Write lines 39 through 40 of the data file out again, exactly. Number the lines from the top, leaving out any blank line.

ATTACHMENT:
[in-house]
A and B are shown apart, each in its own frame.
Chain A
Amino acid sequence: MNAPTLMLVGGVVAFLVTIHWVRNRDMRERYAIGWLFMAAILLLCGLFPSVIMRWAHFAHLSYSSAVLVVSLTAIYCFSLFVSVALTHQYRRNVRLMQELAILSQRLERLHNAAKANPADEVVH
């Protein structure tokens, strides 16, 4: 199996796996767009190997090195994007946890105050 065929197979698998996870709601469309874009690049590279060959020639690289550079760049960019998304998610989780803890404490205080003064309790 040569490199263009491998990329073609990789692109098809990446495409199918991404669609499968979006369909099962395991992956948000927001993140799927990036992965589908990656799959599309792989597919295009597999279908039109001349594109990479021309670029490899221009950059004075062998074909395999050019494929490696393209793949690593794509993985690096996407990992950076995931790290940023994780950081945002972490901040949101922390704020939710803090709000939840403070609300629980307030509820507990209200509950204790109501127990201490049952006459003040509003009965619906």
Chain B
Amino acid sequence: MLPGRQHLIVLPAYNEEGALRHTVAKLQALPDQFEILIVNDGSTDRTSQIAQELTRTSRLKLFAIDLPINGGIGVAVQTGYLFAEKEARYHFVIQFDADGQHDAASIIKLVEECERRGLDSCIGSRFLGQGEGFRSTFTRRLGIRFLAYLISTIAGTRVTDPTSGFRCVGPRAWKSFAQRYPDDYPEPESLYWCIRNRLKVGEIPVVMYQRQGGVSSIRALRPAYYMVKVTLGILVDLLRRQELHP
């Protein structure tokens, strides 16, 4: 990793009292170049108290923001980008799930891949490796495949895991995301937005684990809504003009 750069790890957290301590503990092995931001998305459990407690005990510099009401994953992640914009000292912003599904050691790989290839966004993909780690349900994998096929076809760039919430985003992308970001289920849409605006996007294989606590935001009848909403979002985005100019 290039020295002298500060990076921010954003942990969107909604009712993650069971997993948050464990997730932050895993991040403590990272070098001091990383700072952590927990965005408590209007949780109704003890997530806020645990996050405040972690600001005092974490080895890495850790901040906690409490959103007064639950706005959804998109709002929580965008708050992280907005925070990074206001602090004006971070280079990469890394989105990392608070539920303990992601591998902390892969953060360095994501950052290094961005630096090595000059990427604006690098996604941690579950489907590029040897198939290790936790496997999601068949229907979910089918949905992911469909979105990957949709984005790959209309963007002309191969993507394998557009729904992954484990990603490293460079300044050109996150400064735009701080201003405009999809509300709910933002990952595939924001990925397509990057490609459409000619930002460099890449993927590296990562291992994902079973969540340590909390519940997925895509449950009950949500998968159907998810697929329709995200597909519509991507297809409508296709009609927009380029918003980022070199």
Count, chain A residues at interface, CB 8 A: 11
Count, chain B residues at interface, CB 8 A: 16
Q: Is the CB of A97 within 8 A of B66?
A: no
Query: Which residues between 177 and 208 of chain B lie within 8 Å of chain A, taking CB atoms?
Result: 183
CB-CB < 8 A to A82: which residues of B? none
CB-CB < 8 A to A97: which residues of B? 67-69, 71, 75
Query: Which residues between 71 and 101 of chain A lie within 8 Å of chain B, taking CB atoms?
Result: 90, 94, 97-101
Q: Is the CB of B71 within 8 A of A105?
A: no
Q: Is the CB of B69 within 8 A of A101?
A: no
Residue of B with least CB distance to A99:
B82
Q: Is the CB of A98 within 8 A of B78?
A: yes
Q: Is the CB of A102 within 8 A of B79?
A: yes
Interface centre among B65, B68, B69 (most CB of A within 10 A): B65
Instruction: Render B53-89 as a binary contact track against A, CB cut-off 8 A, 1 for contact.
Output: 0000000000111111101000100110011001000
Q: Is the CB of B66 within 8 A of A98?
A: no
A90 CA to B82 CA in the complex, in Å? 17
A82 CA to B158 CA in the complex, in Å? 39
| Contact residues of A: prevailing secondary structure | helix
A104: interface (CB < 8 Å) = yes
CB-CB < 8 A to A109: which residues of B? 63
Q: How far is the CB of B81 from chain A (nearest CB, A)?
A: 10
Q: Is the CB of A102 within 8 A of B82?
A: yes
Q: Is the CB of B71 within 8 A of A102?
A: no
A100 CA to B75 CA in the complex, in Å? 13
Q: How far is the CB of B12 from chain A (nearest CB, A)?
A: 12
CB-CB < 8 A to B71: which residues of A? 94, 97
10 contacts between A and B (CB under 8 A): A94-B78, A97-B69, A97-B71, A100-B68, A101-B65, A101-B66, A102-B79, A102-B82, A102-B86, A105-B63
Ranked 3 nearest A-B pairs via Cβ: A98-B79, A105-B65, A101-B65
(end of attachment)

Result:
Q: How far is the CB of B81 from chain A (nearest CB, A)?
A: 10